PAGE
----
ETF vs Mutual Fund: What’s the Difference?

With interest rates at rock bottom for the last five years, saving for retirement or making sound decisions with your money is no longer as simple as putting it in a traditional savings account. Rather, an important avenue for many everyday savers looking to enhance or diversify their finances is to invest in exchange-traded funds (ETFs) or mutual funds. But which is right for you?

Both mutual funds and ETFs hold portfolios of bonds, stocks, precious metals and/or commodities. And both are useful for providing diversified exposure to a particular asset class, region, or market niche without the need to choose between individual securities.

But there are also some key differences between ETFs and mutual funds in how they are managed, traded, and the costs associated with purchasing and holding them.

For example, ETFs can be traded like stocks and typically have lower expenses associated with them because they are passively managed, seeking simply to replicate the performance of a particular index such as the S&P 500.

On the other hand, mutual funds can only be purchased at the end of the day, typically from investment companies rather than from other investors on an exchange. They are also actively managed, meaning that a fund manager will decide where to allocate assets in the fund. This typically results in higher fees but can provide greater regulatory oversight and better performance.

Which you choose will depend on your investment goals and your level of comfort making decisions about your own portfolio. So, before you download one of the latest investment apps and get your money on the move, let’s take a look at ETFs vs mutual funds in detail.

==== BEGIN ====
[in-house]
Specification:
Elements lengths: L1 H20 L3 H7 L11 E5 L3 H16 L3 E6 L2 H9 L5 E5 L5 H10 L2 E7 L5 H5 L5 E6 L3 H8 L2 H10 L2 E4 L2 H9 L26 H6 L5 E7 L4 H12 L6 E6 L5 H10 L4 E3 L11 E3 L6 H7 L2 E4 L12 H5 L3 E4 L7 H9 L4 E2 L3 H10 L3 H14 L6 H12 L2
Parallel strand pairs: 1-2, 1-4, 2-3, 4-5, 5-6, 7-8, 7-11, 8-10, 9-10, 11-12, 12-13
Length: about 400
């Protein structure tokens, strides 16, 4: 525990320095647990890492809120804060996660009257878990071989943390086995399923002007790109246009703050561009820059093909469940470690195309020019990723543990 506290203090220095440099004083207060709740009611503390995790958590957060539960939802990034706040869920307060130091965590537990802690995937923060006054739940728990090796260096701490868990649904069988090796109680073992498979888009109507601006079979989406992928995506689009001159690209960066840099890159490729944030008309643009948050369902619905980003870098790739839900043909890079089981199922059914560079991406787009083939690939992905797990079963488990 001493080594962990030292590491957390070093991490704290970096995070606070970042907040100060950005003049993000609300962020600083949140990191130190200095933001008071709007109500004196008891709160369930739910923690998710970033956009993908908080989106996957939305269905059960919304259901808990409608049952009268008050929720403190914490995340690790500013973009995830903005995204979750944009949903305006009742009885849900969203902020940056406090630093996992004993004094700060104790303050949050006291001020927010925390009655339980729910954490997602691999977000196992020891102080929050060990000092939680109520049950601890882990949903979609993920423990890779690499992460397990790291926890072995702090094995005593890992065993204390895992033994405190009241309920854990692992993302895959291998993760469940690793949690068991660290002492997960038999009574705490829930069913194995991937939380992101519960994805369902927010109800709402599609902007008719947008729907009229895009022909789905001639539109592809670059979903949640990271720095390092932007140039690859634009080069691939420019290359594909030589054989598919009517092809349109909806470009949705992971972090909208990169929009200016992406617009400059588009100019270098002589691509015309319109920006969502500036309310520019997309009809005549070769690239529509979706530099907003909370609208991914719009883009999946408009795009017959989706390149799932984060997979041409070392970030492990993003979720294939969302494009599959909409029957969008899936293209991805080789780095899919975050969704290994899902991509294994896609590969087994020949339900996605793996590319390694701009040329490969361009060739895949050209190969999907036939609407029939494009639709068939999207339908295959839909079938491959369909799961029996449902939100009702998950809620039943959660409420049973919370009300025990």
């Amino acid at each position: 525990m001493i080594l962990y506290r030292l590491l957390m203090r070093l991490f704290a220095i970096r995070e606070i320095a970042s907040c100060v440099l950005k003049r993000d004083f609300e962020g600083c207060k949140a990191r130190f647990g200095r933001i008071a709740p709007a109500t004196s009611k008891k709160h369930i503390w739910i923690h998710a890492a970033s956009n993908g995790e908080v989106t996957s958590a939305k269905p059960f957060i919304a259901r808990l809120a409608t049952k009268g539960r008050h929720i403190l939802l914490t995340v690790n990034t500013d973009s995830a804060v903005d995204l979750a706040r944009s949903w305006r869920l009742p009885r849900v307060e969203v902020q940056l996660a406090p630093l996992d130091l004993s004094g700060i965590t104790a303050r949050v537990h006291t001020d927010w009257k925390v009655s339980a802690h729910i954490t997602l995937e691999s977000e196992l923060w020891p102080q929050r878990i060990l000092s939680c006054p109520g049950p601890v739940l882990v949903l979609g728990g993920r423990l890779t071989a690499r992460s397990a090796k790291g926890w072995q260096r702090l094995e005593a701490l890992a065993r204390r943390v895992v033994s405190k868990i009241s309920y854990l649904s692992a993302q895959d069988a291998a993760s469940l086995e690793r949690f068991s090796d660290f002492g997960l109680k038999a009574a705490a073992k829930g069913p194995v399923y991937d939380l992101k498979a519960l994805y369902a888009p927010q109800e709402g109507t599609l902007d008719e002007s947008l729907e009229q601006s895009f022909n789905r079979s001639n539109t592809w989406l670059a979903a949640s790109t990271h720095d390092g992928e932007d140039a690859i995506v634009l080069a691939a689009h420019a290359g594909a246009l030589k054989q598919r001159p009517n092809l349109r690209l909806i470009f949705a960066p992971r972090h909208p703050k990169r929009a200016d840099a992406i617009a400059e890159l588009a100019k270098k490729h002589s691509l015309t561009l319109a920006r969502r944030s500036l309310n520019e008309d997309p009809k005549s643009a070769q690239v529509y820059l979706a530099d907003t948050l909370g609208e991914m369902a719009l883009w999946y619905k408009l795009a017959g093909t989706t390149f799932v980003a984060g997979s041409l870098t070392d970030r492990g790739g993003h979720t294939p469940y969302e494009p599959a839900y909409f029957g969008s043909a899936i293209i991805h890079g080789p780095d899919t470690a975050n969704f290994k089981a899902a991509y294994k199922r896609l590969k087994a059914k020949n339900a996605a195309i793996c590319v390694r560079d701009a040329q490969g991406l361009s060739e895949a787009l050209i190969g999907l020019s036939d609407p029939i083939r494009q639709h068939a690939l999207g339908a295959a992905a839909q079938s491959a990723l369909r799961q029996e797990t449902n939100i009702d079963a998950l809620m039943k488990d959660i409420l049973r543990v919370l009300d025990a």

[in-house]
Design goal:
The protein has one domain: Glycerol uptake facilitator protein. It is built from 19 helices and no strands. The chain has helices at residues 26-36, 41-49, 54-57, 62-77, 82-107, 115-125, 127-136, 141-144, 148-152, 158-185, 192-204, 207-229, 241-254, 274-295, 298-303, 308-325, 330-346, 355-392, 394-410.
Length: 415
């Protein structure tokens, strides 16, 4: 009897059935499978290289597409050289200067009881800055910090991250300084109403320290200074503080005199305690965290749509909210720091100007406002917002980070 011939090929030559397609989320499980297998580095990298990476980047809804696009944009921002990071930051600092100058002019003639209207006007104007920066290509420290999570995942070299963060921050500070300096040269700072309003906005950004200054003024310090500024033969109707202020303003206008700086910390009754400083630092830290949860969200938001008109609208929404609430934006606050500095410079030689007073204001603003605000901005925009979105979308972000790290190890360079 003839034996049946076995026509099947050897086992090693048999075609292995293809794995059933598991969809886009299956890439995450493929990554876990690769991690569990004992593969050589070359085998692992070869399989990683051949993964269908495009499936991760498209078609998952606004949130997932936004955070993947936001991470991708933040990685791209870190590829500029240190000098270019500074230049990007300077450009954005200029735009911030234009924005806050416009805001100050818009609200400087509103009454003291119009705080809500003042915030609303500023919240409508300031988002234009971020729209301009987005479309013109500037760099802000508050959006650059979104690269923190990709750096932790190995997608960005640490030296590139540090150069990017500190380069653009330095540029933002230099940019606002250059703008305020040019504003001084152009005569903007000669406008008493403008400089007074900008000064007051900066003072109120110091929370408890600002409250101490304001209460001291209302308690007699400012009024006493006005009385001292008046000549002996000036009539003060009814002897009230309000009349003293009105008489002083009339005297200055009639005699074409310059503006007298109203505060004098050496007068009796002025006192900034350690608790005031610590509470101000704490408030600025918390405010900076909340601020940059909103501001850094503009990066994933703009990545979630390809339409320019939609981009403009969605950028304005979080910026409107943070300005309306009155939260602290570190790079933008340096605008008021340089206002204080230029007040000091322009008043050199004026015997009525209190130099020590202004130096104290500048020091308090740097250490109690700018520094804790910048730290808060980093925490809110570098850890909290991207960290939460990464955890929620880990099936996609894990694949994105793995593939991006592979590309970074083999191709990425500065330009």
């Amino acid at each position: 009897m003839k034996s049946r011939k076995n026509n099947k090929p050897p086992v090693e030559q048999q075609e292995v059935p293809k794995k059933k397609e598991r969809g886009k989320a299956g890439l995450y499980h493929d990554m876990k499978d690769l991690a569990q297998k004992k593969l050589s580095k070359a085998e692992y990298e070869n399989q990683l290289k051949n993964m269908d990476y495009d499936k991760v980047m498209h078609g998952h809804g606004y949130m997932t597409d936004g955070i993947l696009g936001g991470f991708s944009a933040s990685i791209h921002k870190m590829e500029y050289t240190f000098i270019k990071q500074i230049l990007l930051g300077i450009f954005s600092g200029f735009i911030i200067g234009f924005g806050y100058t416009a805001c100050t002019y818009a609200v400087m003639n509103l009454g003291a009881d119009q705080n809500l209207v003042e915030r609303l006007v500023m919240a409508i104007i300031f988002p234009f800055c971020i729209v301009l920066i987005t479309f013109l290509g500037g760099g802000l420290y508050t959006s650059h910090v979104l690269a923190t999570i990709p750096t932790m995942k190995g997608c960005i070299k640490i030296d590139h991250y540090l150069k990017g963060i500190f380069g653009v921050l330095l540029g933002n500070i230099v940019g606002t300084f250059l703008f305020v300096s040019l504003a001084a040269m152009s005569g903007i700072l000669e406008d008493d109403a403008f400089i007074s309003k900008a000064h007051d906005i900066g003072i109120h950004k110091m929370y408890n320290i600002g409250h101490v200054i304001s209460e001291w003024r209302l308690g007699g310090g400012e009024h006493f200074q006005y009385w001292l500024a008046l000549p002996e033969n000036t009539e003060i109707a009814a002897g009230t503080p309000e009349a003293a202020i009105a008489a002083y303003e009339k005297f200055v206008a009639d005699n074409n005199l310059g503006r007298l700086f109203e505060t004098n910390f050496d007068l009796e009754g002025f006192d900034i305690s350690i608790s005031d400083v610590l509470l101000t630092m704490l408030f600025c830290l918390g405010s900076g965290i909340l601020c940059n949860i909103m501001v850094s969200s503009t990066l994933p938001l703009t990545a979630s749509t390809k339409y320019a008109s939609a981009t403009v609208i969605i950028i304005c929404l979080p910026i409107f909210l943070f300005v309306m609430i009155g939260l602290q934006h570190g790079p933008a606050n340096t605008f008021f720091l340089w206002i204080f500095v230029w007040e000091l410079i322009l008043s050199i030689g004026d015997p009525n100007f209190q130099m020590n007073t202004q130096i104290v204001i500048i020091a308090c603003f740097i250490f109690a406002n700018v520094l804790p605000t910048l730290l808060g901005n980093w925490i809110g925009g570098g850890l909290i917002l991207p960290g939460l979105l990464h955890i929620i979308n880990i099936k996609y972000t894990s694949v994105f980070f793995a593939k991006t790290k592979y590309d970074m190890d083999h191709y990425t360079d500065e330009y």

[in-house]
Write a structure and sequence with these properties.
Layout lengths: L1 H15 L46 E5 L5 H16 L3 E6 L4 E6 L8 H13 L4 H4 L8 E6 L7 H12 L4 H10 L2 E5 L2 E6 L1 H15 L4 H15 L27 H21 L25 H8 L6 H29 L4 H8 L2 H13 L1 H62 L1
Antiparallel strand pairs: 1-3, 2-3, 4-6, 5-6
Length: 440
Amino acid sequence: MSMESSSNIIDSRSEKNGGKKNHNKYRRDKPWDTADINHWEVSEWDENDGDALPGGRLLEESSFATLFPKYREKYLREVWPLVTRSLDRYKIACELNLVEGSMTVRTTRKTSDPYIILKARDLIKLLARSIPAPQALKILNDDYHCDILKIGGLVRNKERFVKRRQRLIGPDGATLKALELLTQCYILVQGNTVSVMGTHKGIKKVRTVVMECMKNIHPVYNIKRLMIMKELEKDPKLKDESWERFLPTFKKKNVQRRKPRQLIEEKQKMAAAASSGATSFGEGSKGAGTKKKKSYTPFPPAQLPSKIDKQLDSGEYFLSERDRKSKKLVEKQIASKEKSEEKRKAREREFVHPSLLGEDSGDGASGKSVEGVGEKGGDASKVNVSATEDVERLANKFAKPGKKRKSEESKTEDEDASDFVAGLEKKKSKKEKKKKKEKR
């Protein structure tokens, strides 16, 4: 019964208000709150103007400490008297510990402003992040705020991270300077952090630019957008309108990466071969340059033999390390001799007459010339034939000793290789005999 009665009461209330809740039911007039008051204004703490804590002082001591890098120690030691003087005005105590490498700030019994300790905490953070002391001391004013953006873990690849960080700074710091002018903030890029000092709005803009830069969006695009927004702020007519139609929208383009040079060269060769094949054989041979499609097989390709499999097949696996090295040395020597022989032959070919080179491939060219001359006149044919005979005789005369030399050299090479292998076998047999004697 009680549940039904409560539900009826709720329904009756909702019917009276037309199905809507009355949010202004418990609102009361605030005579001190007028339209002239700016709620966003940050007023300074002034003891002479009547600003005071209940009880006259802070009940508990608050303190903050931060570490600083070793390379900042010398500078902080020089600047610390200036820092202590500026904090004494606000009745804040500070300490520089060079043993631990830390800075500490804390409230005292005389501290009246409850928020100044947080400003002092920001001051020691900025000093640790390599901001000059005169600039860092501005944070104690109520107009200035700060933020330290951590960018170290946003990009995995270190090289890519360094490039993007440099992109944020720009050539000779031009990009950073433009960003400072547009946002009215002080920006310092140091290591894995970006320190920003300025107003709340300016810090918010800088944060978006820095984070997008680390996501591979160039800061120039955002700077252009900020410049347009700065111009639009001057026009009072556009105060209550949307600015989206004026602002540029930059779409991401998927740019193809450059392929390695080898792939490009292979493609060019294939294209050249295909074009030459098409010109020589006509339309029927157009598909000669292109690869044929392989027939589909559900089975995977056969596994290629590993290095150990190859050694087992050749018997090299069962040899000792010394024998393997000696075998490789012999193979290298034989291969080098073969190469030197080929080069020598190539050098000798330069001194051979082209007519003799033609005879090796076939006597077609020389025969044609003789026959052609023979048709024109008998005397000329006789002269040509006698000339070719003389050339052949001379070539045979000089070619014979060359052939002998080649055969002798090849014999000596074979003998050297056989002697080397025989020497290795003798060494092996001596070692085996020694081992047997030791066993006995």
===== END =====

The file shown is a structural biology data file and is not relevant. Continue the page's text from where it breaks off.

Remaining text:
What Is an ETF?

ETFs are mostly passively managed fund that seeks to replicate the performance of a particular index. That means that, rather than a fund manager making decisions about asset allocation, an ETF will simply attempt to match the returns and price movements of an index by creating a portfolio that matches its constituents.

Because they are passively managed ETFs typically incur lower charges. For example, it is common to find ETFs charging less than 0.1% in management fees, while some even charge nothing at all. The expense ratio for actively managed mutual funds is anywhere between 0.5% and 2.5%. That’s a considerable difference!

When you combine this with the fact that many brokerages now offer commission-free trading (where it has historically been the case that investing in ETFs incurred trading commissions), ETFs can represent a much cheaper option compared with mutual funds.

Just like individual stocks, ETFs are traded on exchanges with other investors, rather than purchased from investment companies. That means that you can buy and sell the ETF any time you like during a particular trading session, and the price you get will be whatever the current price is on the market. Importantly, there’s also no minimum holding period for ETFs, meaning you can buy and sell them as frequently as you please.

What Are Mutual Funds?

Like ETFs, mutual funds comprise a portfolio of stocks, bonds, and/or other assets. Rather than trading them with individual investors, you typically purchase a mutual fund from an investment company such as Fidelity, BlackRock, or Hargreaves Lansdown.

Rather than trading whenever you like on an exchange, mutual funds only allow transactions once in a day, and purchases are executed at the net asset value of the fund based on its price when the market closes. Importantly, mutual funds are meant to be held for longer periods of time, rather than actively traded. As such, some will penalise you for selling early – sometimes as much as 1% of the shares’ value.